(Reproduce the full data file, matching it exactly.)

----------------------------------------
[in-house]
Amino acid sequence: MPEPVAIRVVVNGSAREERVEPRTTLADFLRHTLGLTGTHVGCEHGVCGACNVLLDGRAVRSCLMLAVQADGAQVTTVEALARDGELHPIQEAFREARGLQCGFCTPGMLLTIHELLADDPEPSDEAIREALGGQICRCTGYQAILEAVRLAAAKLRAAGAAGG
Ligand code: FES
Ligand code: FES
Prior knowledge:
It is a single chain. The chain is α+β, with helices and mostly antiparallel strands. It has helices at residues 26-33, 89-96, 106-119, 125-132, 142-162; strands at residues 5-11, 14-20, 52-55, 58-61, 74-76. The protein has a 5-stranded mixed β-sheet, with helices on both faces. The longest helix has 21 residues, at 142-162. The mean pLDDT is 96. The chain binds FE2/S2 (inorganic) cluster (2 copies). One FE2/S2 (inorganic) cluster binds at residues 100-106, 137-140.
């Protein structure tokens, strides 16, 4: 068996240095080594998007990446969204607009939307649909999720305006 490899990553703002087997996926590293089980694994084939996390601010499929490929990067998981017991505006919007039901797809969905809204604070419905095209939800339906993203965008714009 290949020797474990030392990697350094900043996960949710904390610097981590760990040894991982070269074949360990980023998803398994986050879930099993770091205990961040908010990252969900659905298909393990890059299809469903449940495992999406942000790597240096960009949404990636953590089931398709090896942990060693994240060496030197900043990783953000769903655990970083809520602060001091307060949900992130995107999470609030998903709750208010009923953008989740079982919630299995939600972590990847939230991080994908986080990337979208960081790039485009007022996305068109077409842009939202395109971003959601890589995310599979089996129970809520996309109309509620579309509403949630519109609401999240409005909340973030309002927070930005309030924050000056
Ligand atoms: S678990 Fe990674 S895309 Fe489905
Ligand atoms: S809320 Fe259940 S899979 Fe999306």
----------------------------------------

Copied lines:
[in-house]
Amino acid sequence: MPEPVAIRVVVNGSAREERVEPRTTLADFLRHTLGLTGTHVGCEHGVCGACNVLLDGRAVRSCLMLAVQADGAQVTTVEALARDGELHPIQEAFREARGLQCGFCTPGMLLTIHELLADDPEPSDEAIREALGGQICRCTGYQAILEAVRLAAAKLRAAGAAGG
Ligand code: FES
Ligand code: FES
Prior knowledge:
It is a single chain. The chain is α+β, with helices and mostly antiparallel strands. It has helices at residues 26-33, 89-96, 106-119, 125-132, 142-162; strands at residues 5-11, 14-20, 52-55, 58-61, 74-76. The protein has a 5-stranded mixed β-sheet, with helices on both faces. The longest helix has 21 residues, at 142-162. The mean pLDDT is 96. The chain binds FE2/S2 (inorganic) cluster (2 copies). One FE2/S2 (inorganic) cluster binds at residues 100-106, 137-140.
């Protein structure tokens, strides 16, 4: 068996240095080594998007990446969204607009939307649909999720305006 490899990553703002087997996926590293089980694994084939996390601010499929490929990067998981017991505006919007039901797809969905809204604070419905095209939800339906993203965008714009 290949020797474990030392990697350094900043996960949710904390610097981590760990040894991982070269074949360990980023998803398994986050879930099993770091205990961040908010990252969900659905298909393990890059299809469903449940495992999406942000790597240096960009949404990636953590089931398709090896942990060693994240060496030197900043990783953000769903655990970083809520602060001091307060949900992130995107999470609030998903709750208010009923953008989740079982919630299995939600972590990847939230991080994908986080990337979208960081790039485009007022996305068109077409842009939202395109971003959601890589995310599979089996129970809520996309109309509620579309509403949630519109609401999240409005909340973030309002927070930005309030924050000056
Ligand atoms: S678990 Fe990674 S895309 Fe489905
Ligand atoms: S809320 Fe259940 S899979 Fe999306």